Around 5,000 refugees reportedly travelled by trains from Hungary to Austria and Germany over the past couple of days. Neighbouring Switzerland witnessed only a handful of arrivals by train on Tuesday.
Swiss police and customs officials were out in force on Tuesday morning at Buchs train station in the eastern canton of St Gallen - the first stop after the Austrian border - expecting the arrival of hundreds of refugees.
However, only ten people were handed over to the police from two trains which arrived at 8.00am and 10.00am. These were mostly Syrians.
“They are tired and exhausted,” said St Gallen police spokesman Hanspeter Krüsi.
Those who asked for asylum were transferred to the asylum centre at Altstätten. A police spokesperson said that those who had been registered in Hungary would be sent back there under the terms of the Dublin accord.
Austrian police said 3,650 people arrived in the Austrian capital, Vienna, from Hungary on Monday, with most heading for Germany. By Tuesday morning, about 1,400 people had arrived in Munich, southern Germany, after travelling through Austria and more were expected.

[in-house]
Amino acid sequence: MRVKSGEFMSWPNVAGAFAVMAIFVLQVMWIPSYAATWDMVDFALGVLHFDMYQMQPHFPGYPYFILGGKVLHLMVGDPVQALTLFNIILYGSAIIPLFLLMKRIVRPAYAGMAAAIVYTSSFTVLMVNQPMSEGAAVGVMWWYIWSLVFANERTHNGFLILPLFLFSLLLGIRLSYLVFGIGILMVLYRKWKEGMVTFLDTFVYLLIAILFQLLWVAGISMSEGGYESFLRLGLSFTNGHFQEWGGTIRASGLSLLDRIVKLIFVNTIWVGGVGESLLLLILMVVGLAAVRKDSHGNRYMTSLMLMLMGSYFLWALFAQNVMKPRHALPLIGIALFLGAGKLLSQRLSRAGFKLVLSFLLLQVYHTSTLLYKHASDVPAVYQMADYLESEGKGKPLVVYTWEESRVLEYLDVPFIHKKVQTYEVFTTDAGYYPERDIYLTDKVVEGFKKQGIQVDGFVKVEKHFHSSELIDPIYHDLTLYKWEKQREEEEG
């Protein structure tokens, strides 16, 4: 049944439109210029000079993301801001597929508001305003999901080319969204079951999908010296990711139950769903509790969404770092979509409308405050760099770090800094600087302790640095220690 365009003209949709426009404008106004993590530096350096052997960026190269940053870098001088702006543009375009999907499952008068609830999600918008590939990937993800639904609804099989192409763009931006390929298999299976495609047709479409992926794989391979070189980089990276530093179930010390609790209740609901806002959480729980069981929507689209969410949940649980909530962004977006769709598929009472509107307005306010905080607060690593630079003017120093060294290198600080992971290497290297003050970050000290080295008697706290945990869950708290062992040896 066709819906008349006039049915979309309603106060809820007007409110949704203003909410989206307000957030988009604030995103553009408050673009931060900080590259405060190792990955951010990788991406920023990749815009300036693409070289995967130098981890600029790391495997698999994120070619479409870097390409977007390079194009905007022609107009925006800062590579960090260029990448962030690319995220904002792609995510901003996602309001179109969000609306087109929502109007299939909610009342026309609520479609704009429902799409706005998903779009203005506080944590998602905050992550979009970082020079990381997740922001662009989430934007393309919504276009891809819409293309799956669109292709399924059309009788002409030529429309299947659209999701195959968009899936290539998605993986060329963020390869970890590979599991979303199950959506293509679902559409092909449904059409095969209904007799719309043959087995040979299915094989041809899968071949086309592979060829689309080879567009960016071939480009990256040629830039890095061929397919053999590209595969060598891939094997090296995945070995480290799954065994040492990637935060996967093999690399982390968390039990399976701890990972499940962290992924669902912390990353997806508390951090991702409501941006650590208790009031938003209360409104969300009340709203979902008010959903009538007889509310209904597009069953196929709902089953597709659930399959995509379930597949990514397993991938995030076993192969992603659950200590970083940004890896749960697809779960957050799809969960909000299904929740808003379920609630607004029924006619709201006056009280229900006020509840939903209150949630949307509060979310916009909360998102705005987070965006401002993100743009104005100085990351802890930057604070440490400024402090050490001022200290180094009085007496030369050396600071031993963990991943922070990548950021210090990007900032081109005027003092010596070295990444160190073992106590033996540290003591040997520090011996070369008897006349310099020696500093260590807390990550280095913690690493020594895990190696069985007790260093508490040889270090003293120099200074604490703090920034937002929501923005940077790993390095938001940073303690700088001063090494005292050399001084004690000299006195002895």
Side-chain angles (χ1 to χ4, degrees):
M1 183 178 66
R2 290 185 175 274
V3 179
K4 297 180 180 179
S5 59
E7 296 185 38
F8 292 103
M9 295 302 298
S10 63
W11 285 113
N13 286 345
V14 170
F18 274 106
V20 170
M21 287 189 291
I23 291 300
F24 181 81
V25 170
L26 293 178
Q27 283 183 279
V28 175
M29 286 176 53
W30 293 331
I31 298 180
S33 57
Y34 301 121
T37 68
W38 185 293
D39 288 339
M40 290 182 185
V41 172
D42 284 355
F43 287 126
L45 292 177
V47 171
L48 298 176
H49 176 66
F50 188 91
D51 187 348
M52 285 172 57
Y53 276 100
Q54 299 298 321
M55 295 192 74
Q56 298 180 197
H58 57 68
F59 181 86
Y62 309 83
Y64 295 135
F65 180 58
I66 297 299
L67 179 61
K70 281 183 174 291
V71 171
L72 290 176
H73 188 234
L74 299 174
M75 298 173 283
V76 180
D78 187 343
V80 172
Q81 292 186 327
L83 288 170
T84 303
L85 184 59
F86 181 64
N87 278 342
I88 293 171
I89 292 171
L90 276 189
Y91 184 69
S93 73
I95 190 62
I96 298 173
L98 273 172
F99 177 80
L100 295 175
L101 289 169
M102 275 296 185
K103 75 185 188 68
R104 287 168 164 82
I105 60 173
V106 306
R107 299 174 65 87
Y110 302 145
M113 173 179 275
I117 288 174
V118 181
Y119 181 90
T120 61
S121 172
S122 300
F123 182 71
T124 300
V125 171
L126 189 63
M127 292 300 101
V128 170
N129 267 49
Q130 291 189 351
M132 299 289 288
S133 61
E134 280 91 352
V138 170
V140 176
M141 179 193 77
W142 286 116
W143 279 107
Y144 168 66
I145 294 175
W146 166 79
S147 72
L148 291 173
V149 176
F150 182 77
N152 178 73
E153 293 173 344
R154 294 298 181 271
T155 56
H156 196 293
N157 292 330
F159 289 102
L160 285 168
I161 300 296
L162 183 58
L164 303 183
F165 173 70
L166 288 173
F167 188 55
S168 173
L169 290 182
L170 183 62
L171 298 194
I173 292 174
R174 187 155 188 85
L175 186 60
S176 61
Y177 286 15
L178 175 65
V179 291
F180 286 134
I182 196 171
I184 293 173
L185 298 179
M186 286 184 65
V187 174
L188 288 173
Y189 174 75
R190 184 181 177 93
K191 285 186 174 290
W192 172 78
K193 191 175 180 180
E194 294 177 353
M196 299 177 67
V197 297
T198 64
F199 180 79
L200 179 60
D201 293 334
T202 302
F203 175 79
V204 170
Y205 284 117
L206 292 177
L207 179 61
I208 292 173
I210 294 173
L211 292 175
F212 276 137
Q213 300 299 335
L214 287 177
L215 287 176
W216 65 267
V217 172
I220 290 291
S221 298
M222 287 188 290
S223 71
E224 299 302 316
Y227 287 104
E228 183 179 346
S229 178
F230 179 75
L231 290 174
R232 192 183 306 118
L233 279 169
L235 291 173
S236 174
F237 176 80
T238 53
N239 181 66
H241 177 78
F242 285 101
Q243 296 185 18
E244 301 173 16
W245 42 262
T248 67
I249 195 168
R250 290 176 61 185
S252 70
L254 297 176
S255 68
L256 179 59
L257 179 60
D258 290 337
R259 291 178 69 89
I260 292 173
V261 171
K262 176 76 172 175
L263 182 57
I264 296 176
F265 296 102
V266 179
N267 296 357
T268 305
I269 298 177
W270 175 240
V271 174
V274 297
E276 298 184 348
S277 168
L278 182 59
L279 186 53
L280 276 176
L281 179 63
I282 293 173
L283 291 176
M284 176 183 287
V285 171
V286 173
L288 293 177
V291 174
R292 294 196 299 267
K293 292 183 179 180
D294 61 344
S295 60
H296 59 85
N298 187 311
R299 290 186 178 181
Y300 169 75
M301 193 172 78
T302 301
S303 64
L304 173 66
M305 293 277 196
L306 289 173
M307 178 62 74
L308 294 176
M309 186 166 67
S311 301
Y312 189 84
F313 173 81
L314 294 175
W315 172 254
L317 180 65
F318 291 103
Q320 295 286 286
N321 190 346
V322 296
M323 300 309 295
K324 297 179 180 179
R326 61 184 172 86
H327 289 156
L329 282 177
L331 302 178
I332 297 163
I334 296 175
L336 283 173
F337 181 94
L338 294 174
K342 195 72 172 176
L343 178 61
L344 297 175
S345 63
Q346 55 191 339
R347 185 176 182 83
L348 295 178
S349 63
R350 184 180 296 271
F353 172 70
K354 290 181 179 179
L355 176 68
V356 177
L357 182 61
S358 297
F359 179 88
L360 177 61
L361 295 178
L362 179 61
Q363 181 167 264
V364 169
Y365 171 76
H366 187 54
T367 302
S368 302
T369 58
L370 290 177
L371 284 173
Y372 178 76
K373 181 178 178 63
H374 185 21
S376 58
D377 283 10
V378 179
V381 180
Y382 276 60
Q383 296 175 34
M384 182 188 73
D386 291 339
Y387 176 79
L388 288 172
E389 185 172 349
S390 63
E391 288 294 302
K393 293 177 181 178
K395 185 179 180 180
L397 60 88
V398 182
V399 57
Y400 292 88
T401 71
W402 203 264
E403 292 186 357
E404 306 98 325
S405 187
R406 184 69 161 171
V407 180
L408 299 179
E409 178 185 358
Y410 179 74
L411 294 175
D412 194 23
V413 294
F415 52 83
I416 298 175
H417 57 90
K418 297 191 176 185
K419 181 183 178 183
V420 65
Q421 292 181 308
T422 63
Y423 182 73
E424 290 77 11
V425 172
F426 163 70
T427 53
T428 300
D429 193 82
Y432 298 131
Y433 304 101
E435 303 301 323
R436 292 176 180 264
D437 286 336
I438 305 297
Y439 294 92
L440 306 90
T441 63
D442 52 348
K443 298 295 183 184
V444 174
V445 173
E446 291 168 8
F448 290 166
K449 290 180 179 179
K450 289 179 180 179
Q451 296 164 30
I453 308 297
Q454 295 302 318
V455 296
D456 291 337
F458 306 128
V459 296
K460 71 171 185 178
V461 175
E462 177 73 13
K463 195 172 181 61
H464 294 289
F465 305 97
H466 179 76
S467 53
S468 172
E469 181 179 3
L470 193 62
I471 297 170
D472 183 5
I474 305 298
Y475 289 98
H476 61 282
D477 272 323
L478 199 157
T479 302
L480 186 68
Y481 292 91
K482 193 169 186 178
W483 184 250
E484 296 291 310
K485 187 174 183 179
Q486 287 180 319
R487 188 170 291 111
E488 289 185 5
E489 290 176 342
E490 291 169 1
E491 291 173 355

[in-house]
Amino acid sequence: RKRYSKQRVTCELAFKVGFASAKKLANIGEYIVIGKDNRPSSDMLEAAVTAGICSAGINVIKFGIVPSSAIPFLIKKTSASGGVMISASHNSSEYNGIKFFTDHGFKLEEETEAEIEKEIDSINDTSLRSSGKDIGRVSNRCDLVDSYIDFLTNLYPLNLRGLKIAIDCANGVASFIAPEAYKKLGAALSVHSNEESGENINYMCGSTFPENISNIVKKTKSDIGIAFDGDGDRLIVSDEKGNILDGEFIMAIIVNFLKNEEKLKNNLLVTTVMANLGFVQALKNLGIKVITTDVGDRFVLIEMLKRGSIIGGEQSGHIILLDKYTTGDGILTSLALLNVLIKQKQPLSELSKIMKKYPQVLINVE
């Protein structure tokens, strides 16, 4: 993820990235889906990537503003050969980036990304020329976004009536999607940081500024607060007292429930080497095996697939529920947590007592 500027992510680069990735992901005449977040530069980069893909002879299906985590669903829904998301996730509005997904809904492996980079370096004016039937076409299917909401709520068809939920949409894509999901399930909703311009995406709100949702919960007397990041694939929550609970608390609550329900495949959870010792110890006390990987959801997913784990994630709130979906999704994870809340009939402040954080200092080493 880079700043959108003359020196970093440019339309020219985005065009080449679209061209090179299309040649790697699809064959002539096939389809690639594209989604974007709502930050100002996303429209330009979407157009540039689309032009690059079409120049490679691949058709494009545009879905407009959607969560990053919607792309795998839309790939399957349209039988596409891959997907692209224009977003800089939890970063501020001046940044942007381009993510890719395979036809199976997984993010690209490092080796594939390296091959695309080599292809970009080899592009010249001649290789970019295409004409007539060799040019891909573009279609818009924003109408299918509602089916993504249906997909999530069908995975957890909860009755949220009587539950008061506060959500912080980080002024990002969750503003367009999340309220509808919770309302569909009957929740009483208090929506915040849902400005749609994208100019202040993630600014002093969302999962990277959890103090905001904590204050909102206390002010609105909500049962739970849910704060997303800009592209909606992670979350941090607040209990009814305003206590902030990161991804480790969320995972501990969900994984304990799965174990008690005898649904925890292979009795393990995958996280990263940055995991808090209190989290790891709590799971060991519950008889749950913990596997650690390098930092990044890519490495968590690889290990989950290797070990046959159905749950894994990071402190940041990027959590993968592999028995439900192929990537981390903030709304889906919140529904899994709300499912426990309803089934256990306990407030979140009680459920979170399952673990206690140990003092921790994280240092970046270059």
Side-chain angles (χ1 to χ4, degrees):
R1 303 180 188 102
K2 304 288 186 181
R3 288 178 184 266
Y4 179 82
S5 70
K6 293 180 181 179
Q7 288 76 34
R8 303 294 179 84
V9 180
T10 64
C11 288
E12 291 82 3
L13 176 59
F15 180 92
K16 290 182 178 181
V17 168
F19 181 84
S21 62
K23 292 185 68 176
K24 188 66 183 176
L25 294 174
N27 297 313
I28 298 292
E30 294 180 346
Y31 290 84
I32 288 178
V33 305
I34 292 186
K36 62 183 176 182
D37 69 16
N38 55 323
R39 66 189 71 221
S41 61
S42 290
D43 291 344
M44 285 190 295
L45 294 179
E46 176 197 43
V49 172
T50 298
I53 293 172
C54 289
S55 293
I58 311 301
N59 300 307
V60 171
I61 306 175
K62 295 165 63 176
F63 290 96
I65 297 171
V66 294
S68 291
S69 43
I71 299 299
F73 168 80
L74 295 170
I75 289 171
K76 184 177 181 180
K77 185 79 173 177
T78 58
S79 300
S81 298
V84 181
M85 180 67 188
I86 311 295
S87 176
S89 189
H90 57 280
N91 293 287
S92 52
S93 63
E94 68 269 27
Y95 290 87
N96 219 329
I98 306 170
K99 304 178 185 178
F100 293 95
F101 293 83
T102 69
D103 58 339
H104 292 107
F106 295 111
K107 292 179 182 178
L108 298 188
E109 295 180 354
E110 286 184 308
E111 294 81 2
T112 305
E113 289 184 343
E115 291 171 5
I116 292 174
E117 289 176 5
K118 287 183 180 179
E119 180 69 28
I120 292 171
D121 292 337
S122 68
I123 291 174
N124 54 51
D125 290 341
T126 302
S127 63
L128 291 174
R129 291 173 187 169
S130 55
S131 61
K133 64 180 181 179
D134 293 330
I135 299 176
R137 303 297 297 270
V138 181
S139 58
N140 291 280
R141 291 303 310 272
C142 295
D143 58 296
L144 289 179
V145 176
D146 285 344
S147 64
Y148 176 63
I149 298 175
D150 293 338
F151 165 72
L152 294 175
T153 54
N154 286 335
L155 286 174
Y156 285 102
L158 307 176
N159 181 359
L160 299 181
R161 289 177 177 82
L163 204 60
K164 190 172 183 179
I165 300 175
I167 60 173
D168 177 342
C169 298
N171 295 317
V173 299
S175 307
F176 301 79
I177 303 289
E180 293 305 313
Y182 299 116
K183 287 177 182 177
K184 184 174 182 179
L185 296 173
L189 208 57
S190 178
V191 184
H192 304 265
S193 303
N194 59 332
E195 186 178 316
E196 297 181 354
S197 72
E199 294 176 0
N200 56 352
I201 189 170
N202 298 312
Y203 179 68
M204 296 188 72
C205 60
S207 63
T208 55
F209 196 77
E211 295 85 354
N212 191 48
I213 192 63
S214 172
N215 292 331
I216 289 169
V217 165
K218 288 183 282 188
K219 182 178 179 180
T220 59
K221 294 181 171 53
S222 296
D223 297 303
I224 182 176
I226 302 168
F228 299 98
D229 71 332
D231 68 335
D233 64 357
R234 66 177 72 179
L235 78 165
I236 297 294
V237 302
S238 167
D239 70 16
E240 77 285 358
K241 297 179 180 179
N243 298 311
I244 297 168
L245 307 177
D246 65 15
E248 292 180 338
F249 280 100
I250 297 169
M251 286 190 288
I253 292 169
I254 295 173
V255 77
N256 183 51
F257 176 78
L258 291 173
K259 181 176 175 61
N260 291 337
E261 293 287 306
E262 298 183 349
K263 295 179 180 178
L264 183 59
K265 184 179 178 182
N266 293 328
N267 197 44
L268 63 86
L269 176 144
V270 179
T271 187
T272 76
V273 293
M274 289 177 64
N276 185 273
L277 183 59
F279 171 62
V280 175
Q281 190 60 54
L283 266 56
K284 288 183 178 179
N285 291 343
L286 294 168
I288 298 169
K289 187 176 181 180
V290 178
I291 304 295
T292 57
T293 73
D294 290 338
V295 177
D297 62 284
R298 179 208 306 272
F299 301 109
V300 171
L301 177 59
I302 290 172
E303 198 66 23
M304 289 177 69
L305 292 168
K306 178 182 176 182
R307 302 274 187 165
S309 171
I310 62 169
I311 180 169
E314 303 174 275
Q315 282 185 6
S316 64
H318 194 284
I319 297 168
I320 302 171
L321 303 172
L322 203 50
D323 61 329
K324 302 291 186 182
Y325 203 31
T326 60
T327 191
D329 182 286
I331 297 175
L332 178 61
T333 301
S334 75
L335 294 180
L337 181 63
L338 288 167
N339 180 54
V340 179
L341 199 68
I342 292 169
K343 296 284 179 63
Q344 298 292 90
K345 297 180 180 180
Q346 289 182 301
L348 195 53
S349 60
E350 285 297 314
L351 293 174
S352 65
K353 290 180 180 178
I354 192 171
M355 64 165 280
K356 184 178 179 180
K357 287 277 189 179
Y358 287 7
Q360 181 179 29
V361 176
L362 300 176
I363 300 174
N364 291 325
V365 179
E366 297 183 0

“100 to 200 people a week”
Andreas Brunner, who is responsible for migration issues at the St Gallen cantonal police, said east-west migration on trains had been happening for years but that the number of people travelling the route had increased significantly since June. Since then, 100 to 200 people a week had been arriving in this way, usually on two trains arriving in the early morning.
Hungary lies along a highly frequented migration route from the Middle East and Africa which leads from Greece across the Balkans into the European Union. Most of those who arrive in Hungary seek to continue west to countries like Germany and Sweden.
Hungarian authorities recently stopped preventing the several thousand people camped near Budapest’s train station from departing on trains for Western Europe. Meanwhile, Hungary is in talks with other eastern European countries and the European Union about how to address the situation.
Hungarian officials had earlier appeared to abandon efforts to register them under EU rules, which say they should seek asylum in the first EU country they enter.
On Tuesday, Hungary briefly suspended all traffic from its main rail terminal and cleared the station of hundreds of refugees trying to board trains for Austria and Germany.
Migrants chanting "freedom, freedom" congregated outside the station after being pushed out from the station building, joining hundreds more in what has become a transit zone and place of refuge for those fleeing Syria's war and other Middle East hotspots.
Scuffles broke out earlier in the morning as hundreds of people pushed toward metal gates at the platform where a train was scheduled to leave for Vienna and Munich, and were blocked by police. Several said they had spent hundreds of euros for tickets after police told them they would be allowed free passage.
The closure of the station appeared to be prompted in part by pressure from other EU countries trying to cope with the influx from Hungary.
swissinfo.ch and agencies